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September 11, 1975

JOHN RAUCH, GERALD MIKLOSH, ABBEY ALAN KRAMER, on behalf of themselves and all others similarly situated

The opinion of the court was delivered by: LOUIS C. BECHTLE



 SEPTEMBER 11, 1975

 This action is the result of the manufacture and distribution by defendants of allegedly defective aircraft altimeters. The complaint contains in its three counts allegations of breach of warranty, strict liability in tort, negligence and violation of the Federal Aviation Act of 1958, 49 U.S.C.A. § 1301 et seq., and regulations promulgated thereunder. The named plaintiffs claim that they and the other members of the proposed class, which is composed of all those who own either the altimeters in question or aircraft equipped with the altimeters, each suffered approximately $ 75.00 in damages as a result of defendants' actions and that they are, accordingly, entitled to compensatory relief from defendants. *fn1" Presently before the Court is plaintiffs' motion for leave to file an amended complaint pursuant to Fed.R.Civ.P. 15(a). *fn2" The amended complaint will add to the above-mentioned allegations a count charging defendants with common law fraud. It will ask for punitive as well as compensatory damages.

 Although a district court is required to allow amendments to pleadings freely "when justice so requires," it is clear that the court retains wide discretion over the granting of leave to amend. Wolff v. Calla, 288 F.Supp. 891, 894 (E.D.Pa. 1968). Defendants' opposition to the motion under consideration focuses on the legal sufficiency of the proposed amendment. It is defendants' contention that this Court will lack jurisdiction over the subject matter of the proposed amended complaint. Additionally, defendants argue that the proposed amendment is simply an attempt to enlarge federal jurisdiction and, as such, is beyond the scope of an appropriate amendment under Fed.R.Civ.P. 15.

 In order to avoid engaging in a useless act, a court must measure a proposed amended complaint in terms of its ability to withstand a motion to dismiss. Therefore, we will first examine the legal sufficiency of the presently proposed amendment in that light. Hodnik v. Baltimore & Ohio Railroad, 54 F.R.D. 184 (W.D.Pa. 1972).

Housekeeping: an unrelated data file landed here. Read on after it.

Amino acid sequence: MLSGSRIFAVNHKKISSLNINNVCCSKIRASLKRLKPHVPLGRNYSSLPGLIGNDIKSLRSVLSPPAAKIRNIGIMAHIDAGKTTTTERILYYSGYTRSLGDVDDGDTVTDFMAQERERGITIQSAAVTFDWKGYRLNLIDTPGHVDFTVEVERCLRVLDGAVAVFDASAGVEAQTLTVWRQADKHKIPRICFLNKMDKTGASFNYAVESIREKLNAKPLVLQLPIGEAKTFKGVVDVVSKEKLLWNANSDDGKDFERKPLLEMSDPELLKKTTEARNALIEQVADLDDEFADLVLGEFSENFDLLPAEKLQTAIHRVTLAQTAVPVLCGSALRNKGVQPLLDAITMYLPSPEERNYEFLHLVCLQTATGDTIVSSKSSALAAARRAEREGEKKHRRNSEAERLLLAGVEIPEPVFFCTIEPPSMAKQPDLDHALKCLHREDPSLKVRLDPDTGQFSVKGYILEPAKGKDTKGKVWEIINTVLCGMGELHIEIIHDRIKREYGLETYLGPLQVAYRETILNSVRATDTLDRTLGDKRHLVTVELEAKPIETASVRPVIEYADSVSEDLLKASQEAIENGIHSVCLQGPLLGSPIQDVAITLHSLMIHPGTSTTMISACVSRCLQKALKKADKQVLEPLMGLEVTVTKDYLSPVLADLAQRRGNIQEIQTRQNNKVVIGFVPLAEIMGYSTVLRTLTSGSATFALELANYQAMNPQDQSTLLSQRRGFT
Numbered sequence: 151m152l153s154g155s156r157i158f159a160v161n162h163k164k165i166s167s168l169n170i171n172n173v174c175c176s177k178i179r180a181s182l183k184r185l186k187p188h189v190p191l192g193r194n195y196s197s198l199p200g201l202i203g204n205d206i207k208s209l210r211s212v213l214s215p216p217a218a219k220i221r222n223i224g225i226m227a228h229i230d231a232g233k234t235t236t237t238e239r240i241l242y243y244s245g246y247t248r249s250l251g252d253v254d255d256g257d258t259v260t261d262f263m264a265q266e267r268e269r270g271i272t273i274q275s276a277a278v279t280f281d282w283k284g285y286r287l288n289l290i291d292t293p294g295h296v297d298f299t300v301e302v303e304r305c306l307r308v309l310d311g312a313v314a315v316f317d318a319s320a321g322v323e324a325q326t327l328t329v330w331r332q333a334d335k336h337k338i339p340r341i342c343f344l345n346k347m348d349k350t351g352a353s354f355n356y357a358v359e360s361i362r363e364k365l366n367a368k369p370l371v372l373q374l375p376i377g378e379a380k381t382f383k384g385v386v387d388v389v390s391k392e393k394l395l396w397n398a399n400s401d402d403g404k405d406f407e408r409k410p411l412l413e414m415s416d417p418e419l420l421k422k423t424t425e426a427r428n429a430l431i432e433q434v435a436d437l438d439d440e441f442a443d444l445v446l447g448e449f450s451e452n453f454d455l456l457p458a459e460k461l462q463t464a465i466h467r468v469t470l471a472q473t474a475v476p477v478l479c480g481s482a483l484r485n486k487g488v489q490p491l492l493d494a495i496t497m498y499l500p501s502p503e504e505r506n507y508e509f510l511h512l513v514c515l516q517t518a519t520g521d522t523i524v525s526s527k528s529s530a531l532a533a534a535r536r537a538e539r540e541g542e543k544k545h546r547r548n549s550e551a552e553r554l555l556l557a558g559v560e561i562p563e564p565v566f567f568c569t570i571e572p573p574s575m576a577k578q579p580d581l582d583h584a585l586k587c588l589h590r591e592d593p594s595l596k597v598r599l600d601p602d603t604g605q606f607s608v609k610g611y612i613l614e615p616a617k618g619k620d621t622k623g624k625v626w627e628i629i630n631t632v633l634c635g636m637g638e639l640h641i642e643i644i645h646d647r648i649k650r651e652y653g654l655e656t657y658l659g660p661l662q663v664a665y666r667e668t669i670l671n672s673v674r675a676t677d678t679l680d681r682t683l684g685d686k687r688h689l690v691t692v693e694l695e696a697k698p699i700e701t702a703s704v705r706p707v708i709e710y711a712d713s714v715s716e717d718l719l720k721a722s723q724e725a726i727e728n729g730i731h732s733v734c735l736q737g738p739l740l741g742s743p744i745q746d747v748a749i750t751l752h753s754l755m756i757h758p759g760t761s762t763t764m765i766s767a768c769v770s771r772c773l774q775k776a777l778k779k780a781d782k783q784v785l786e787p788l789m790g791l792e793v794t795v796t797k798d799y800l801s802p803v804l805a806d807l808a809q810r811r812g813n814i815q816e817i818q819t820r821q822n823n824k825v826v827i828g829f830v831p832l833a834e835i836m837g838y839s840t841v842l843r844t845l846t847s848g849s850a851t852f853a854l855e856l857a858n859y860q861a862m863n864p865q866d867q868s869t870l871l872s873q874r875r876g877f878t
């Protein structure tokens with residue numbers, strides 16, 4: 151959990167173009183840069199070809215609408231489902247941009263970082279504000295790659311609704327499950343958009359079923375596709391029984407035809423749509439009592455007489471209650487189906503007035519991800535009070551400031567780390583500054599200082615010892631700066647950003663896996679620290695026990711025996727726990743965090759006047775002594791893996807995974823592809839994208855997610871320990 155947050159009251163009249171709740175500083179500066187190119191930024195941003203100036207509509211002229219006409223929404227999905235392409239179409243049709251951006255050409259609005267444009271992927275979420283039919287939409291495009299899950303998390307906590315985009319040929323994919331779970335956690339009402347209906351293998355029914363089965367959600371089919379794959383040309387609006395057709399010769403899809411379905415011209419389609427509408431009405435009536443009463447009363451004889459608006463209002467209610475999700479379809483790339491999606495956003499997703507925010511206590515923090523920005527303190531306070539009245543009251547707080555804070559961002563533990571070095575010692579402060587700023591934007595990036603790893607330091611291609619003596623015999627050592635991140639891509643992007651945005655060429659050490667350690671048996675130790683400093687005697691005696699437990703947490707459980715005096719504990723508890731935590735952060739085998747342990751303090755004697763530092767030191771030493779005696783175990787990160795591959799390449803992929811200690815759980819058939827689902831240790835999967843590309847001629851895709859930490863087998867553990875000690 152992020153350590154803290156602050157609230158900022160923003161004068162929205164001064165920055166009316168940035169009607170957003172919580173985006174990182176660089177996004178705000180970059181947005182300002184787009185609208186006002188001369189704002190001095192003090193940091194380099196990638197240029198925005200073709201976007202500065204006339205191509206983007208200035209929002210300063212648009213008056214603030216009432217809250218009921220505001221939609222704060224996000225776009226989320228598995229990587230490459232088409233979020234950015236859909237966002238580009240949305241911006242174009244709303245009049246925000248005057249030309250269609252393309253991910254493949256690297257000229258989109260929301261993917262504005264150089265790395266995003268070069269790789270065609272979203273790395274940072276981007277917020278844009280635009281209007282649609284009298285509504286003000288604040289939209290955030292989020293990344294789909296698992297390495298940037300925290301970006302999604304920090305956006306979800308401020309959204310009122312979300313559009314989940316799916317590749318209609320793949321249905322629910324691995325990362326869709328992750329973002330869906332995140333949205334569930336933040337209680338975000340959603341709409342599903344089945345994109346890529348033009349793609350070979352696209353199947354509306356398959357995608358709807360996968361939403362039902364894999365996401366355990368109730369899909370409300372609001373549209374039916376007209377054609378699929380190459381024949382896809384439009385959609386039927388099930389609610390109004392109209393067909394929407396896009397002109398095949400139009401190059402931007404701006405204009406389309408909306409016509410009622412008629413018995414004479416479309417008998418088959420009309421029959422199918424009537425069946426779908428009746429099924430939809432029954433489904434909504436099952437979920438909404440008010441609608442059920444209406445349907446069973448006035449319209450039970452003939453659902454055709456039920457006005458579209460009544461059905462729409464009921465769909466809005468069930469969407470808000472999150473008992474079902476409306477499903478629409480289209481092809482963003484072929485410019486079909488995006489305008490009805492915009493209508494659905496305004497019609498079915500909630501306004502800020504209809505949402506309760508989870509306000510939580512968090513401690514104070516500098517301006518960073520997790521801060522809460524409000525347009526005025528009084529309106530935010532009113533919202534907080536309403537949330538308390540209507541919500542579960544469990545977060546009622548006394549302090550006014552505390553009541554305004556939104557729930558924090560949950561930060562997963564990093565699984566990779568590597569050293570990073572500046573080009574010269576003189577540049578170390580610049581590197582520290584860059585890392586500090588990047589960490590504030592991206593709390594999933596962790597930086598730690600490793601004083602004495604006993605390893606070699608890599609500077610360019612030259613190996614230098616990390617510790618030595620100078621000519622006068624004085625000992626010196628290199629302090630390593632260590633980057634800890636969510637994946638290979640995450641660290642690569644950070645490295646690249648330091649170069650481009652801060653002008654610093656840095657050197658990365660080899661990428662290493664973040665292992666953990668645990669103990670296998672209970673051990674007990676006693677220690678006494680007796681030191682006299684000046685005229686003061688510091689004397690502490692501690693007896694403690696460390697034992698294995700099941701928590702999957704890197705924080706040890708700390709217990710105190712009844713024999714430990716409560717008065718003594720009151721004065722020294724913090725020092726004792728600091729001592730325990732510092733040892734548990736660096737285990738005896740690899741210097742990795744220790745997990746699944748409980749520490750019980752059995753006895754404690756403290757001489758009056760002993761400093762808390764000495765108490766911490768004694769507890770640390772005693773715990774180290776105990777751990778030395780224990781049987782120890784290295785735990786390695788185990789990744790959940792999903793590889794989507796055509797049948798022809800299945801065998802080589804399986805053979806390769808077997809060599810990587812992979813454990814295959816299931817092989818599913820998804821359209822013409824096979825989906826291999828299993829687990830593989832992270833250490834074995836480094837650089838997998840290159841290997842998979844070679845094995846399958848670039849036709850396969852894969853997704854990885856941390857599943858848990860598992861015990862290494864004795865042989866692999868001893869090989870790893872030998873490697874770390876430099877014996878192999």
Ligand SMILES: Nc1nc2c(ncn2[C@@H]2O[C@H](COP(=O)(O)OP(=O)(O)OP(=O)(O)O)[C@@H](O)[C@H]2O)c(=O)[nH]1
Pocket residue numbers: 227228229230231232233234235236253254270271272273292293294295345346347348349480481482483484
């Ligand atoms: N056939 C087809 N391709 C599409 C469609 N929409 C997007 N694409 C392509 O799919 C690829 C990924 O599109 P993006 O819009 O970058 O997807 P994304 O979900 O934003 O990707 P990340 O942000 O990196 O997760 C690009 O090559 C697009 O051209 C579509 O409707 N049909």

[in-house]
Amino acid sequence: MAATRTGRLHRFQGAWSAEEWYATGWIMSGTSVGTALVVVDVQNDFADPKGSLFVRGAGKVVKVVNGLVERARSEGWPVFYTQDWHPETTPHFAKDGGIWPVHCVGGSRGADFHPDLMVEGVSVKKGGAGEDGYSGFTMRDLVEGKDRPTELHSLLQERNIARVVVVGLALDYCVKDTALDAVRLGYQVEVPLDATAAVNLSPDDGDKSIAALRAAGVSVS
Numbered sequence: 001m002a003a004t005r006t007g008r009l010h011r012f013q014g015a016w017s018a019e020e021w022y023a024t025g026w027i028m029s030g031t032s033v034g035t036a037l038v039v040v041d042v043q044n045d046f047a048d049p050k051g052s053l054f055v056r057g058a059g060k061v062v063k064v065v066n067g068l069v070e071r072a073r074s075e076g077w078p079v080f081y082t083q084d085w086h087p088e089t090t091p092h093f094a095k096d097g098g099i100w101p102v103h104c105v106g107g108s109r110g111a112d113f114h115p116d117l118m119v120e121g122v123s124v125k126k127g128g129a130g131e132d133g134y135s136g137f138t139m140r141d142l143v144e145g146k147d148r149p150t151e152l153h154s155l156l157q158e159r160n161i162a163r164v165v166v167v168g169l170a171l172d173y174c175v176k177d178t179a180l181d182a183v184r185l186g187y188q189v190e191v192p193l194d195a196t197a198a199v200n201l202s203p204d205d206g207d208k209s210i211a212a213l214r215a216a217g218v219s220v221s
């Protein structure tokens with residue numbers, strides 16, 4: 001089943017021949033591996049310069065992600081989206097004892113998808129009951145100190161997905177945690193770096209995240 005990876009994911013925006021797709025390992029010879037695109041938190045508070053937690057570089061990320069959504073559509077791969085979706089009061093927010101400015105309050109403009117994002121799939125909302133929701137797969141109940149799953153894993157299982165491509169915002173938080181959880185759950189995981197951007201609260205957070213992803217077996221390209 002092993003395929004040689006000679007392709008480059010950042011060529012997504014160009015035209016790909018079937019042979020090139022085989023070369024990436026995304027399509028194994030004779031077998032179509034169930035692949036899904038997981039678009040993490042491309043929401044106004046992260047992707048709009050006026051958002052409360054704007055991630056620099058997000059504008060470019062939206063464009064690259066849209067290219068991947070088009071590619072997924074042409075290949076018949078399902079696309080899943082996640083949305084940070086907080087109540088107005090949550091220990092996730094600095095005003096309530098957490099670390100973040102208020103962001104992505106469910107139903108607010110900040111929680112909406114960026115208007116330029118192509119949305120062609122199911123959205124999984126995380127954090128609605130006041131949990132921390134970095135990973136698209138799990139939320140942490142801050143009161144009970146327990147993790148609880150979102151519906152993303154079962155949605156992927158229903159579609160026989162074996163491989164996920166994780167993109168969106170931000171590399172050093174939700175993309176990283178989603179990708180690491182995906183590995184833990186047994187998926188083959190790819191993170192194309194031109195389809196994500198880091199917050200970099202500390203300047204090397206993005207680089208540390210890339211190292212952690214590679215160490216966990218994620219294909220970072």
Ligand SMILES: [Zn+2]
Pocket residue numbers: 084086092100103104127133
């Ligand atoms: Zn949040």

Both the original complaint and the proposed amended complaint invoke the jurisdiction of this Court under 28 U.S.C. § 1337, *fn3" as well as under the general federal question jurisdictional Statute, 28 U.S.C. § 1331. Plaintiffs conceded at oral argument that 28 U.S.C. § 1331 will not support jurisdiction here due to the inability of each individual class member's claim to satisfy that statute's $ 10,000 jurisdictional amount requirement. Each member of the proposed class has an individual claim of only $ 75, and the rule is clear that it is not permissible to aggregate the claims of the individual class members in order to satisfy the requirement of 28 U.S.C. § 1331(a). Zahn v. International Paper Co., 414 U.S. 291, 38 L. Ed. 2d 511, 94 S. Ct. 505 (1973); Snyder v. Harris, 394 U.S. 332, 22 L. Ed. 2d 319, 89 S. Ct. 1053 (1969). *fn3"

 Jurisdiction does exist here, however, by reason of 28 U.S.C. § 1337. That section requires no minimum jurisdictional amount. Since the Federal Aviation Act is a congressional act regulating commerce, there can be no doubt that 28 U.S.C. § 1337 provides a proper jurisdictional basis for this action. Mortimer v. Delta Air Lines, 302 F.Supp. 276, 278 (N.D. Ill. 1969). Defendants' argument that this Court lacks subject-matter jurisdiction centers on the contention that no private right of action in favor of plaintiffs may be implied from the Aviation Act. However, "the implication of a civil remedy from the provisions of this Act has been characterized, and properly so, as a question regarding the statement of a claim for which relief can be granted," and not one of subject-matter jurisdiction. Id. at 278.